U.S. – China Conflict Will Shift Toward Geoconomic Statecraft

Share

During President Trump’s trip to Beijing and the ASEAN Summit in November 2017, President Trump and President Xi confirmed that the future of U.S.-Chinese relations will focus largely on opportunities for U.S. and Chinese businesses, potential security cooperation, and ongoing points of friction. The ASEAN Summit also solidified China’s intentions to become a regional leader offering a new model of development, and the United States’ focus on domestic economic protection.

Market-Driven Economic Ties

Throughout the course of the two-day meeting, Presidents Trump and Xi concluded $250 billion worth of commercial deals, most of which involve Chinese companies buying U.S. energy, technology, and farm products (Global Times, November 14). The largest of these deals was an agreement from the Chinese state-owned China Energy Investment Corp to invest $83.7 billion in power generation, chemical manufacturing, and underground storage of natural gas liquids and derivatives in West Virginia. Additionally, Sinopec, the Bank of China, and Alaska Gasoline agreed on a major natural gas project worth $43 billion. Other notable deals include a confirmed $37 billion sale of 300 Boeing jets to China Aviation Supplies Holding Company, $12 billion sale of Qualcomm semiconductors to three Chinese mobile companies, and an agreement between Goldman Sachs and Chinese state-owned China Investment Corp. to invest $5 billion in U.S. manufacturing, industrial, consumer and healthcare companies (Caixin, November 9).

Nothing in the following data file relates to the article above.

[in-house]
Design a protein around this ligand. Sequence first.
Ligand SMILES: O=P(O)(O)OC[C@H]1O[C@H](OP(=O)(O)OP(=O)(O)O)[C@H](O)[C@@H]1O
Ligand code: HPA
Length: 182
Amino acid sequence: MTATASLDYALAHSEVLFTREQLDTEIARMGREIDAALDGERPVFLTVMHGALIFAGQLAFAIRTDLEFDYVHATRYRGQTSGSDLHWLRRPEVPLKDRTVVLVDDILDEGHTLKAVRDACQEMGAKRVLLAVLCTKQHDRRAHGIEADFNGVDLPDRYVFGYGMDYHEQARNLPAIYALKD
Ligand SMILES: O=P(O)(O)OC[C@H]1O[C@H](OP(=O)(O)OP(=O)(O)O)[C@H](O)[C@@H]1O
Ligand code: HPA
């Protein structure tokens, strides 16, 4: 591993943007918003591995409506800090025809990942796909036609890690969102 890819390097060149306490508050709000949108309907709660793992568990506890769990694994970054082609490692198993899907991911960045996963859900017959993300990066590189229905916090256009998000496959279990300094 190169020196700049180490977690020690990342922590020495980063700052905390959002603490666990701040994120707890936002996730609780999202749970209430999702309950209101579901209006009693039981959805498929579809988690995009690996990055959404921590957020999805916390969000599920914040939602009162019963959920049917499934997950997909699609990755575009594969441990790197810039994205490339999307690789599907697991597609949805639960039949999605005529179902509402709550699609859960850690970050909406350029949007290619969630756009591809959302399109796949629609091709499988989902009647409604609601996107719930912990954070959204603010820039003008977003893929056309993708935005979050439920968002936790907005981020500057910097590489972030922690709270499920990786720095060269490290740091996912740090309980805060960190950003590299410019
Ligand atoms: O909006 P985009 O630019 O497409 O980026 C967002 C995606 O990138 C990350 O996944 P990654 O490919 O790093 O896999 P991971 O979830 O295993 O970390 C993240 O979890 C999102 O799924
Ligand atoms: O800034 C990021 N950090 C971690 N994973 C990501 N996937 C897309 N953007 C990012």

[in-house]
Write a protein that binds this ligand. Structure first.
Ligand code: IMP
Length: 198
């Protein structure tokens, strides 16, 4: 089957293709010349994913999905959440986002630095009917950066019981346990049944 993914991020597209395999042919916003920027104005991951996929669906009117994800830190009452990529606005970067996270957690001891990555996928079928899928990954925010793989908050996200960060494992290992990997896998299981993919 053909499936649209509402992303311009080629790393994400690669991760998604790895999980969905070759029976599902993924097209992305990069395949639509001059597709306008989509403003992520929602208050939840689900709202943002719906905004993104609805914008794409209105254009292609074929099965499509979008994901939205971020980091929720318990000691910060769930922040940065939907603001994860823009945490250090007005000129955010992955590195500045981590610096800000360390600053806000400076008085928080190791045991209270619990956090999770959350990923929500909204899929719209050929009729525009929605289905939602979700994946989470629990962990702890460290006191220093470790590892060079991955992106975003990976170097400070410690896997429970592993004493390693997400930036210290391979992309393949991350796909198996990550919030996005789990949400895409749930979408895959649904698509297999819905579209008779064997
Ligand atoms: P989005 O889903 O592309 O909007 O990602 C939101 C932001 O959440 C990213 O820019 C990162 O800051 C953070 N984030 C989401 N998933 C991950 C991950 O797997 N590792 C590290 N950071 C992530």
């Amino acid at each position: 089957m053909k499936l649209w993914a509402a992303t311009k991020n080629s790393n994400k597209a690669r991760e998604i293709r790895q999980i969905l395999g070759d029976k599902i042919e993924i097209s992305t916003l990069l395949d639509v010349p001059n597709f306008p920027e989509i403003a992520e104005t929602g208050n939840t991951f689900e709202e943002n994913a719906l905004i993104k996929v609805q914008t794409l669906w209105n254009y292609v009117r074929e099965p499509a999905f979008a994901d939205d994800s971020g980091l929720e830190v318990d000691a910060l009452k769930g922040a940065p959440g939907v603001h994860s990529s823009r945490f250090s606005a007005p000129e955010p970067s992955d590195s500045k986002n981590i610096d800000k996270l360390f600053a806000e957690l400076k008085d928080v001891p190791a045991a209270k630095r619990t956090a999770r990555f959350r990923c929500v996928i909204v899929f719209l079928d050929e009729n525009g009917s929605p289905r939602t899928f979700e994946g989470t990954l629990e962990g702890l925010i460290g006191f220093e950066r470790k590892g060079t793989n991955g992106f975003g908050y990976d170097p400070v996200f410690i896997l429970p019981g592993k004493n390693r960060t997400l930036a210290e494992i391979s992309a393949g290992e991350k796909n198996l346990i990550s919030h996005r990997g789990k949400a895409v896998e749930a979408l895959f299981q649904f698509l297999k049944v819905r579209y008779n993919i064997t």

Chinese media heralded these deals as a positive step demonstrating President Trump’s commitment to “business over politics,” and lauded Trump as a U.S. president “finally interested in economic interests.” Clearly, the perception in Beijing is that Trump demonstrated a willingness to pursue U.S. commercial business opportunities with China without leveraging broader political or strategic goals to do so. If true, this marks a shift from previous administrations, which have tended to tie shifts in U.S. economic relations with China to wider human rights or geopolitical concerns. Yet other Trump administration officials have dismissed this approach, noting that the commercial deals were largely non-binding memorandums and therefore “nothing new”.